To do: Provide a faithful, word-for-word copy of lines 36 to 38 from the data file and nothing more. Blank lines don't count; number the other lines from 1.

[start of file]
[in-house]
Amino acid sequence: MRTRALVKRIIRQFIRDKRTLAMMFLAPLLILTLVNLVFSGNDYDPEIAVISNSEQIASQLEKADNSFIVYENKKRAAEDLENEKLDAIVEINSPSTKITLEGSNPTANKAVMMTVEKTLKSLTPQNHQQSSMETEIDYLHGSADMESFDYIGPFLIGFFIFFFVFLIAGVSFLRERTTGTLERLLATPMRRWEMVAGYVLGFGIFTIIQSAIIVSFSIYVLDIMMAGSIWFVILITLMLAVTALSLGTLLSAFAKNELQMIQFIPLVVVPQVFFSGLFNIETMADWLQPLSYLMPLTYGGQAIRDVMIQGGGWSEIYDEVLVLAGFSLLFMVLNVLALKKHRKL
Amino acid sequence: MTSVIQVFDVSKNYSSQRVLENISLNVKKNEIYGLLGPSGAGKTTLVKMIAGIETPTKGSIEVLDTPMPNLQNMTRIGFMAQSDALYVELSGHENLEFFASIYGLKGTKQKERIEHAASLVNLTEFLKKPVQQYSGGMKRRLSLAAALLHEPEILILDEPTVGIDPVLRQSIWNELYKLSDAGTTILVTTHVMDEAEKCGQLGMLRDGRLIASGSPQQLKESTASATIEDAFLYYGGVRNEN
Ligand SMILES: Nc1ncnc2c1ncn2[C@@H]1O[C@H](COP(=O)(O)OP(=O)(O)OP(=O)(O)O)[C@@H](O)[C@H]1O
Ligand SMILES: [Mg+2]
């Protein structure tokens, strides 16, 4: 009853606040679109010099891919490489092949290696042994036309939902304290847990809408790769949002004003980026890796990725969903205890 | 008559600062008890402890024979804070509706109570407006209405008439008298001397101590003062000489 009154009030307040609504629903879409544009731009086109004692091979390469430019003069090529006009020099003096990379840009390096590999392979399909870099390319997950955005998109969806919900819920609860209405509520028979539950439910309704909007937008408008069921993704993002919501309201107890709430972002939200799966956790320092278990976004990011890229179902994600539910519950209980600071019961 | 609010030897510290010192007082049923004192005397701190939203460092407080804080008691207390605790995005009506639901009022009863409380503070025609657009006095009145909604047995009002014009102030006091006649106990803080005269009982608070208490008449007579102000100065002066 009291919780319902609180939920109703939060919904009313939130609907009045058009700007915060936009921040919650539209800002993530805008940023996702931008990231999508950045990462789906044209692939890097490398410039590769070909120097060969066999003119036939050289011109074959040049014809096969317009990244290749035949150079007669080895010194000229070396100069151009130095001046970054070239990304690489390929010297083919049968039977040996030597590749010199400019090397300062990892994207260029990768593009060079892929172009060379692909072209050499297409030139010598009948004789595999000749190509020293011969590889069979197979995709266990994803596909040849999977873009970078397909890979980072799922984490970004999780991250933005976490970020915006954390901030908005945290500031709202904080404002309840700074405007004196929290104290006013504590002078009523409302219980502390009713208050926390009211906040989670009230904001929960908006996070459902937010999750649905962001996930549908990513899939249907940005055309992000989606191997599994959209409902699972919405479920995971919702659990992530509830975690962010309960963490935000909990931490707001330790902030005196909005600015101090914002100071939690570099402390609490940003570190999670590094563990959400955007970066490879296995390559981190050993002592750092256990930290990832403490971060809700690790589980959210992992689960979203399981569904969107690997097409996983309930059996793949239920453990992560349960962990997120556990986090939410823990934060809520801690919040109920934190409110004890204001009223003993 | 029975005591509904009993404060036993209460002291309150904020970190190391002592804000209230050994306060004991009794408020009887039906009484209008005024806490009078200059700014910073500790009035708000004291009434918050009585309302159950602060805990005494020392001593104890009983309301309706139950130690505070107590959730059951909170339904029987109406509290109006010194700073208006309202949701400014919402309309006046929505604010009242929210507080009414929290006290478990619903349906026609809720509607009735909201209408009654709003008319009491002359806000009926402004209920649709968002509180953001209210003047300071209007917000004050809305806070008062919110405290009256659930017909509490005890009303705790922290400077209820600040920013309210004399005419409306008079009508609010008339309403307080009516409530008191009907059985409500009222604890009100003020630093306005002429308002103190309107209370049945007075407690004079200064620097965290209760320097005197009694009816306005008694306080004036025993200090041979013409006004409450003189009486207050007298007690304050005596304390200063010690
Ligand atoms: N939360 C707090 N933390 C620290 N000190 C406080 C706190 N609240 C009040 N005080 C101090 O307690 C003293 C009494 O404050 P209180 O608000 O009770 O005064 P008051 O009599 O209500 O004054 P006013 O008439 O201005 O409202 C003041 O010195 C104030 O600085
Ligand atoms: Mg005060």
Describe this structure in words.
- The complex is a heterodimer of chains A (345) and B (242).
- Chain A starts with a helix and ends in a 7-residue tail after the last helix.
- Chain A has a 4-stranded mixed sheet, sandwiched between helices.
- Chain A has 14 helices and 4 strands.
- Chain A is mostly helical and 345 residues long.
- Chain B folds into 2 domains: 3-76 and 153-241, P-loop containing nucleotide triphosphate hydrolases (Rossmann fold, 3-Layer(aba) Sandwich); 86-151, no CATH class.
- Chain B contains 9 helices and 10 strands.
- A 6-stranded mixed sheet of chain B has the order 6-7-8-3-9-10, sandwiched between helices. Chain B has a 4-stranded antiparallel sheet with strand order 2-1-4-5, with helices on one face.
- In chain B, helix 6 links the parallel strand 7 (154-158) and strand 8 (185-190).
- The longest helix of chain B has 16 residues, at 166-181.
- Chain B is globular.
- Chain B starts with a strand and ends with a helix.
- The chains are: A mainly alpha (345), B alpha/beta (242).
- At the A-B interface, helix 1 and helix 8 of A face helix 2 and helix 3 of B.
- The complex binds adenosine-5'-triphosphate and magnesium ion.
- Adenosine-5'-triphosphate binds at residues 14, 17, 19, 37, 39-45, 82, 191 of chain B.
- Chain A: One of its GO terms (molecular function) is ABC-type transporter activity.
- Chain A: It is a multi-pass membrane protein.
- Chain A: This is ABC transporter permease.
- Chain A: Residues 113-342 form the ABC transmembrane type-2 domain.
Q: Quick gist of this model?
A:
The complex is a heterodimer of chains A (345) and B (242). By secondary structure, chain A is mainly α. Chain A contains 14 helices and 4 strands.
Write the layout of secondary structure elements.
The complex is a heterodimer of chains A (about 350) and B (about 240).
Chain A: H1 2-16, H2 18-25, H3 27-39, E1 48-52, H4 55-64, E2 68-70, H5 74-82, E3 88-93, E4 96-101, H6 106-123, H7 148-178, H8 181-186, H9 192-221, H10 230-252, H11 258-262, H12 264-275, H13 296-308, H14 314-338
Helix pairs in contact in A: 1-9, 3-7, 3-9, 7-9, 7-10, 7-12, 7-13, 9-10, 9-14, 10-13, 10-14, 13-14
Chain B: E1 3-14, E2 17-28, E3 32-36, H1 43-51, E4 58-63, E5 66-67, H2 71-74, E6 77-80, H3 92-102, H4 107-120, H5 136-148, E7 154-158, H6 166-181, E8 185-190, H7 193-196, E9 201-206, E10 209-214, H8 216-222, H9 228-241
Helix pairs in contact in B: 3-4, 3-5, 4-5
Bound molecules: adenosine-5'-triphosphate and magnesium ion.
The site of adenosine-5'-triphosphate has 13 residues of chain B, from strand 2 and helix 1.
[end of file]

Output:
Helix pairs in contact in A: 1-9, 3-7, 3-9, 7-9, 7-10, 7-12, 7-13, 9-10, 9-14, 10-13, 10-14, 13-14
Chain B: E1 3-14, E2 17-28, E3 32-36, H1 43-51, E4 58-63, E5 66-67, H2 71-74, E6 77-80, H3 92-102, H4 107-120, H5 136-148, E7 154-158, H6 166-181, E8 185-190, H7 193-196, E9 201-206, E10 209-214, H8 216-222, H9 228-241
Helix pairs in contact in B: 3-4, 3-5, 4-5